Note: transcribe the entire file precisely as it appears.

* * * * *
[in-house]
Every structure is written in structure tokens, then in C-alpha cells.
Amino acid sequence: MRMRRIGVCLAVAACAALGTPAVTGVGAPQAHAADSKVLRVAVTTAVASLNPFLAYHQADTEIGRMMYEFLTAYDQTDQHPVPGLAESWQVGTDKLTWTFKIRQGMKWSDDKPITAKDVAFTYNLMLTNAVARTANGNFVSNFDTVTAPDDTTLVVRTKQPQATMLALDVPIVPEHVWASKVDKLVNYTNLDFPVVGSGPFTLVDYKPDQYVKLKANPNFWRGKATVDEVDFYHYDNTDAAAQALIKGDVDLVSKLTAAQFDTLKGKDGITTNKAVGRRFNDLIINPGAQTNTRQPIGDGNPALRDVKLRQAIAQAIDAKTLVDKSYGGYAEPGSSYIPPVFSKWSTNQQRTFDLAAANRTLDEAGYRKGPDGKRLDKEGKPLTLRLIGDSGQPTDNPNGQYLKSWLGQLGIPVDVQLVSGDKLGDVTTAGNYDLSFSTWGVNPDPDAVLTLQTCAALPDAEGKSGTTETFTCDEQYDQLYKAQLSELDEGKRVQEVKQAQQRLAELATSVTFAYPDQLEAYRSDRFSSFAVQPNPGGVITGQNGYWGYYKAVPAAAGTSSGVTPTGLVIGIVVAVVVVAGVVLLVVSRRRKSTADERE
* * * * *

[in-house]
Every structure is written in structure tokens, then in C-alpha cells.
Amino acid sequence: MRMRRIGVCLAVAACAALGTPAVTGVGAPQAHAADSKVLRVAVTTAVASLNPFLAYHQADTEIGRMMYEFLTAYDQTDQHPVPGLAESWQVGTDKLTWTFKIRQGMKWSDDKPITAKDVAFTYNLMLTNAVARTANGNFVSNFDTVTAPDDTTLVVRTKQPQATMLALDVPIVPEHVWASKVDKLVNYTNLDFPVVGSGPFTLVDYKPDQYVKLKANPNFWRGKATVDEVDFYHYDNTDAAAQALIKGDVDLVSKLTAAQFDTLKGKDGITTNKAVGRRFNDLIINPGAQTNTRQPIGDGNPALRDVKLRQAIAQAIDAKTLVDKSYGGYAEPGSSYIPPVFSKWSTNQQRTFDLAAANRTLDEAGYRKGPDGKRLDKEGKPLTLRLIGDSGQPTDNPNGQYLKSWLGQLGIPVDVQLVSGDKLGDVTTAGNYDLSFSTWGVNPDPDAVLTLQTCAALPDAEGKSGTTETFTCDEQYDQLYKAQLSELDEGKRVQEVKQAQQRLAELATSVTFAYPDQLEAYRSDRFSSFAVQPNPGGVITGQNGYWGYYKAVPAAAGTSSGVTPTGLVIGIVVAVVVVAGVVLLVVSRRRKSTADERE